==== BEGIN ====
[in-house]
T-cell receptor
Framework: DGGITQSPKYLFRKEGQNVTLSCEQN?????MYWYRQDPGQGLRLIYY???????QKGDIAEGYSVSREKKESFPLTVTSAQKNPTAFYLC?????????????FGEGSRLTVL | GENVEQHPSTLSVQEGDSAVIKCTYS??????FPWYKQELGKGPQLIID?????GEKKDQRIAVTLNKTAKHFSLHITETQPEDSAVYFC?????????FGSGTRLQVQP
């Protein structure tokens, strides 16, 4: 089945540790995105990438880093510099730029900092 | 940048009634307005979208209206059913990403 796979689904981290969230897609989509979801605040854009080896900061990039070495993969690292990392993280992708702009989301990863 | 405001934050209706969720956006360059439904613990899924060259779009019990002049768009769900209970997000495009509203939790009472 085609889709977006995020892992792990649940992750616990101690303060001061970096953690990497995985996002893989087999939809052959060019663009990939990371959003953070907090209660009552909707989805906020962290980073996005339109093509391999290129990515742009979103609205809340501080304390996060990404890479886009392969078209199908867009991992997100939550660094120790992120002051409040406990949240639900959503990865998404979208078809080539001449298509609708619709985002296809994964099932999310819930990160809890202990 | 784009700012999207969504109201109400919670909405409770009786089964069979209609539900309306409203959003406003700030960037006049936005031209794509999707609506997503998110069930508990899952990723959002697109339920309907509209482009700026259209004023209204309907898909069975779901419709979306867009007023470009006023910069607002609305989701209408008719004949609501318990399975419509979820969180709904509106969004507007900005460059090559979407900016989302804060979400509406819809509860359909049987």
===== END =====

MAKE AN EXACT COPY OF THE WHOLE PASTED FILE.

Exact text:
[in-house]
T-cell receptor
Framework: DGGITQSPKYLFRKEGQNVTLSCEQN?????MYWYRQDPGQGLRLIYY???????QKGDIAEGYSVSREKKESFPLTVTSAQKNPTAFYLC?????????????FGEGSRLTVL | GENVEQHPSTLSVQEGDSAVIKCTYS??????FPWYKQELGKGPQLIID?????GEKKDQRIAVTLNKTAKHFSLHITETQPEDSAVYFC?????????FGSGTRLQVQP
């Protein structure tokens, strides 16, 4: 089945540790995105990438880093510099730029900092 | 940048009634307005979208209206059913990403 796979689904981290969230897609989509979801605040854009080896900061990039070495993969690292990392993280992708702009989301990863 | 405001934050209706969720956006360059439904613990899924060259779009019990002049768009769900209970997000495009509203939790009472 085609889709977006995020892992792990649940992750616990101690303060001061970096953690990497995985996002893989087999939809052959060019663009990939990371959003953070907090209660009552909707989805906020962290980073996005339109093509391999290129990515742009979103609205809340501080304390996060990404890479886009392969078209199908867009991992997100939550660094120790992120002051409040406990949240639900959503990865998404979208078809080539001449298509609708619709985002296809994964099932999310819930990160809890202990 | 784009700012999207969504109201109400919670909405409770009786089964069979209609539900309306409203959003406003700030960037006049936005031209794509999707609506997503998110069930508990899952990723959002697109339920309907509209482009700026259209004023209204309907898909069975779901419709979306867009007023470009006023910069607002609305989701209408008719004949609501318990399975419509979820969180709904509106969004507007900005460059090559979407900016989302804060979400509406819809509860359909049987």